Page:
Exploring the potential of the Moon

Nearly 50 years on from the last crewed mission to the Moon, the world has once again turned its attention to the opportunities presented by our only natural satellite, with the Artemis I mission. 

If we can establish a presence on the Moon, as the Artemis programme envisions, that achievement will not only broaden human understanding but unlock a wide range of innovation opportunities back home on Earth.

Find out more during this panel. 

Watch the Airbus Summit replay here!

Why is it important that humans establish a sustained presence on the Moon? This is the key question that Airbus’ space exploration experts answered during this panel. 

If we can learn how to live on the Moon that means we will have mastered a multitude of advanced technologies, from how to generate oxygen and energy to the creation of habitable structures on another celestial body. Central to achieving this will be the partnerships between public agencies and commercial enterprises which are giving shape to the #NextSpace era.

We discussed these innovations and the potential impact of the resulting technology boomerang back on Earth. 

We also offered an insight into some of the technological challenges involved in the Artemis I programme, for which Airbus has developed the European Service Module.



  • Scientific discovery is the principal reason for returning to the Moon. It is our geological twin and if its natural resources can be carefully and responsibly managed, the Moon can provide us with energy and mineral wealth that will be key to our future prosperity. 
  • Investing in space exploration is fully justified, not least because it has always been the catalyst for significant breakthroughs in medicine, science and technology. Today our endeavours in space have further significance as a way to monitor and measure the impact of climate change. 
  • Returning to the Moon now will help lay the groundwork for  future human exploration of Mars and other planets – inspiring a new generation of explorers, and creating a new global pool of scientific and engineering talent. 
  • But no single organisation or country can do it alone. The launch of the Artemis Orion programme – in which Airbus is playing a leading role – is a tangible example of how cross-border, multi-organisation collaboration is vital for future success.  



Pablo Alvarez Fernandez

Pablo Álvarez Fernández


Project Manager at Airbus and newly selected ESA astronaut

Sian Cleaver

Sian Cleaver


Industrial Manager for the Orion European Service Module (ESM) programme

Laura Todd

Laura Todd


Vice President of Space Exploration Future Programmes

Latest news


What’s next in Space
The Moon in our sights
As the Orion spacecraft continues its historic mission around the Moon powered by the Airbus-built European Service Module (ESM), our engineers are already looking ahead to the future ‘lunar ecosystem’ – which is expected to represent a market value in the billions of euros during the next 20 years.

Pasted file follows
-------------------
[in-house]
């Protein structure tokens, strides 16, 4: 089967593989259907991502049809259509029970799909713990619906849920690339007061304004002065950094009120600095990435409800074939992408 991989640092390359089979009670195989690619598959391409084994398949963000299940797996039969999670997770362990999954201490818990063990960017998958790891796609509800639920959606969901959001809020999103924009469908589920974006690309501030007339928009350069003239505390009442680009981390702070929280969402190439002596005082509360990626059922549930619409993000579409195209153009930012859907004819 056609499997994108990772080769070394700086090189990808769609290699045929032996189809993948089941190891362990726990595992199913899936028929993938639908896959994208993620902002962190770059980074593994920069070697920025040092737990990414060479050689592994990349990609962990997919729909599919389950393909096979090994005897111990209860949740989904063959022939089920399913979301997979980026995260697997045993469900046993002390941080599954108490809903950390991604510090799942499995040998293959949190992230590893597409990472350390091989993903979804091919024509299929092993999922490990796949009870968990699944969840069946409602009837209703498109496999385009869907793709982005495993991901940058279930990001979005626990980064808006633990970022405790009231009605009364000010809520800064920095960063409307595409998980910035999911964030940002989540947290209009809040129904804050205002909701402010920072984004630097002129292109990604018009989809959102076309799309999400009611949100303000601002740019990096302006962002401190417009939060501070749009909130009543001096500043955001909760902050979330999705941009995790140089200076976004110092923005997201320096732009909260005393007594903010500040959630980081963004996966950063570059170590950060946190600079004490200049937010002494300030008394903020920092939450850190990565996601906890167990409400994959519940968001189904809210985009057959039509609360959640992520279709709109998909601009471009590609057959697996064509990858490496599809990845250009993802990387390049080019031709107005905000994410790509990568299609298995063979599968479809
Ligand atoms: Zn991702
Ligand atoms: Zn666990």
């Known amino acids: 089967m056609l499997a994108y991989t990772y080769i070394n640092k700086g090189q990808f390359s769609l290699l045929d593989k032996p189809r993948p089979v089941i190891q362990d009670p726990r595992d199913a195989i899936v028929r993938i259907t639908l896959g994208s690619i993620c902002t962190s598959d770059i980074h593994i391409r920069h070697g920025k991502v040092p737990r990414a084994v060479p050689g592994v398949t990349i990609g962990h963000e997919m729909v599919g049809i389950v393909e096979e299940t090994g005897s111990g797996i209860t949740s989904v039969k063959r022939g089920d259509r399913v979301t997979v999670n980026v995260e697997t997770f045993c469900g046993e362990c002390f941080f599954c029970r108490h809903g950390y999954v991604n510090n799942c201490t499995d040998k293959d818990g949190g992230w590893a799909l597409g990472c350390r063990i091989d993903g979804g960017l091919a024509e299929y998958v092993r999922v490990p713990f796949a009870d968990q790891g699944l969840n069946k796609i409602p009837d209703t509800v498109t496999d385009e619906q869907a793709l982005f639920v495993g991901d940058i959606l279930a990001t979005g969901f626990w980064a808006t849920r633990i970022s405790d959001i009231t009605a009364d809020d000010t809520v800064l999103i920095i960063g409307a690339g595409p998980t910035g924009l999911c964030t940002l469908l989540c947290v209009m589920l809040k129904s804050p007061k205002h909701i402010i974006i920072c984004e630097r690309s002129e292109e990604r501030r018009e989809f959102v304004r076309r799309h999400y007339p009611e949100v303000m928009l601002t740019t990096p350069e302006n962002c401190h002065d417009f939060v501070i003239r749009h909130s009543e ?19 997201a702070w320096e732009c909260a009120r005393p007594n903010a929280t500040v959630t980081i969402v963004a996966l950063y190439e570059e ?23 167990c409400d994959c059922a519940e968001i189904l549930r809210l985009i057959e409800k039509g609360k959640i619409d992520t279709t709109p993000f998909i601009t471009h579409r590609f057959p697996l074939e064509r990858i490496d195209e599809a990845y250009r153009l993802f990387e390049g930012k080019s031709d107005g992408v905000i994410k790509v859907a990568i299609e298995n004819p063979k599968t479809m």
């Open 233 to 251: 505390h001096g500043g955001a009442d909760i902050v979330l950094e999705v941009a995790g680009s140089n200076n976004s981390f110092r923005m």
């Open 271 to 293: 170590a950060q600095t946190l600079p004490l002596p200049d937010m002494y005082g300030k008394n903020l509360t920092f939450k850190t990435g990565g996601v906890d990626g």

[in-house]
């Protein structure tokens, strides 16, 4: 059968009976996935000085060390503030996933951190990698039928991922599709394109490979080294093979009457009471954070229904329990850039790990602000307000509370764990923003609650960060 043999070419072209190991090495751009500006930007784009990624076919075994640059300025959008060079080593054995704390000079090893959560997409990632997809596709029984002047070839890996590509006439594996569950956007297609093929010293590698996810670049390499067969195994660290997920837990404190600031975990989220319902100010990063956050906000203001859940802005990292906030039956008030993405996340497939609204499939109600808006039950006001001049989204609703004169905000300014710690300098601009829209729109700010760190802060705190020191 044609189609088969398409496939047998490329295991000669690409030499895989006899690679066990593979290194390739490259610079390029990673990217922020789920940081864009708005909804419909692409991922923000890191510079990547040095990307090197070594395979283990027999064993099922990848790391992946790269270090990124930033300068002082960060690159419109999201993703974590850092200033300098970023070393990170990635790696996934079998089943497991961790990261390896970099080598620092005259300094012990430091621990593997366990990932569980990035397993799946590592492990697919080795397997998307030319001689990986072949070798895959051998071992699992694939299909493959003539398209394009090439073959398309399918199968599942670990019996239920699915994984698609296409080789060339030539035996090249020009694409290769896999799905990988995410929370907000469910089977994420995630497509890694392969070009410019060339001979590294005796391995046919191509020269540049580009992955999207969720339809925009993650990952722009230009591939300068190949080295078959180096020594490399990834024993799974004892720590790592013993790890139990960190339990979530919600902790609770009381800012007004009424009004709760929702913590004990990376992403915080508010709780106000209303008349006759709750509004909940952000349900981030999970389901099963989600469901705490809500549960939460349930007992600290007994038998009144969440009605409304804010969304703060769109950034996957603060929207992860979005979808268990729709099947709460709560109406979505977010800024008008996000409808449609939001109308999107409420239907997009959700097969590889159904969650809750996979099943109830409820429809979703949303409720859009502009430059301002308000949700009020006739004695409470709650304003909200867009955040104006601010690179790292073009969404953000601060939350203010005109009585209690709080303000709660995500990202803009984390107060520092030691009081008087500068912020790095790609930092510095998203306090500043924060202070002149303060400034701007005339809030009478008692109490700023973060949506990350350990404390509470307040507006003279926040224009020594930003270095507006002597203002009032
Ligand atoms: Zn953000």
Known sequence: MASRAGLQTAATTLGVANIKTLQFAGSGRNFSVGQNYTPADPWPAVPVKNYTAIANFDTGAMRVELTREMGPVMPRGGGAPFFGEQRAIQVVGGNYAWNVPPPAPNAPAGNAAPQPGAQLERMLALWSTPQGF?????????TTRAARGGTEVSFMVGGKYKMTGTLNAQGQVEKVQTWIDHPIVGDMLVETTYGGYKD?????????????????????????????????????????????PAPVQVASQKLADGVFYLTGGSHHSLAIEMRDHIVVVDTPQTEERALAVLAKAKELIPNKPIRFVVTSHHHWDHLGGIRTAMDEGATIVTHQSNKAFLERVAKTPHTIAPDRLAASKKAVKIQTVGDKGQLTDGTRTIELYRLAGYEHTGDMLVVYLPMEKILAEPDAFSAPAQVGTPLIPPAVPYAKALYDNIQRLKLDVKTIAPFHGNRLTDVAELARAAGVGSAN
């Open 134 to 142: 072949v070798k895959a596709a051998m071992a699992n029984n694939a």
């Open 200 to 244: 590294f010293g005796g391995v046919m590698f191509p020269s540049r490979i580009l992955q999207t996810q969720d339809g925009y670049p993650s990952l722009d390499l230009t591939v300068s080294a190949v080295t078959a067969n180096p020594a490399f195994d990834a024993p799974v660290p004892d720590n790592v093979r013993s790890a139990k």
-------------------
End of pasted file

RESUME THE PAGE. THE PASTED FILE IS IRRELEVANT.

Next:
Read more
Artemis I successfully launched: Orion is heading to the Moon with Airbus’ European Service Module!
The Artemis I mission will test the full Orion spacecraft in space for the first time. This mission is uncrewed and all systems will be pushed to their limits - vital for ensuring that crew members in future missions aboard the Orion capsule are safe.
Read more
First crewed Moon-mission gets closer
While Orion ESM-1 orbits the Moon to test its system during the Artemis I mission phase planned for launch in a few weeks, the second European Service Module (ESM-2) will undergo test campaigns on the crew module interfaces and overall system integrity for the first crewed Moon-mission planned for 2024.
Read more
Power Beaming technologies could enable countries to fully control and distribute their energy where needed, independently.
Solar power beams: a step towards cleaner energy
Beaming solar power could help Europe access more renewable energies, in an independent way. Airbus has now demonstrated how this new technological concept could work in its X-Works Innovation Factory.
Read more
Forests will expand again
Satellite imagery is vital when it comes to saving our Planet’s forests and wildlife - says Wendy Carrara, Senior Manager for Digital Services at Airbus Defence and Space.
Read more
Webbstory cosmic cliff
Looking back billions of years into the light
Some of us still remember the first images sent to us by the Hubble telescope, launched in 1990. Many of us were amazed to see that universe so clearly and so deeply, where the human eye had never reached. A scientific legacy that made our imagination fly to unknown worlds. Now, with the new Webb Space Telescope, we see how that wealth of discoveries and technological advances is becoming too small
Read more

Media gallery


Event Materials


Media Centre

Browse our Airbus Summit 2022 downloadable assets

Discover more


Orion ESM

Orion European Service Module

Powering Humankind’s Return to the Moon


Space Exploration

All Airbus projects focused on the Moon

Airbus Summit | Topics in focus

Lunar base made with 3D printing

What’s next in Space

Exploring the potential of the Moon

Decarbonising growth

Decarbonising now

The airline and energy provider perspective

Airbus hydrogen-powered aircraft

ZEROe unfiltered

The subtle art of powering an aircraft with hydrogen

Energy transformation

Let’s get hybrid!

Improving aircraft performance through hybridisation

Towards clean vertical flight

Bringing the industry together


Together towards net zero

United behind a collective challenge


Building a stronger Europe

Defence, security and sustainability

Ushering in the next generation of CityAirbus, the fully electric vehicle is equipped with fixed wings, a V-shaped tail, and eight electrically powered propellers as part of its uniquely designed distributed propulsion system.

How UAM can be a lifesaver

New possibilities to serve society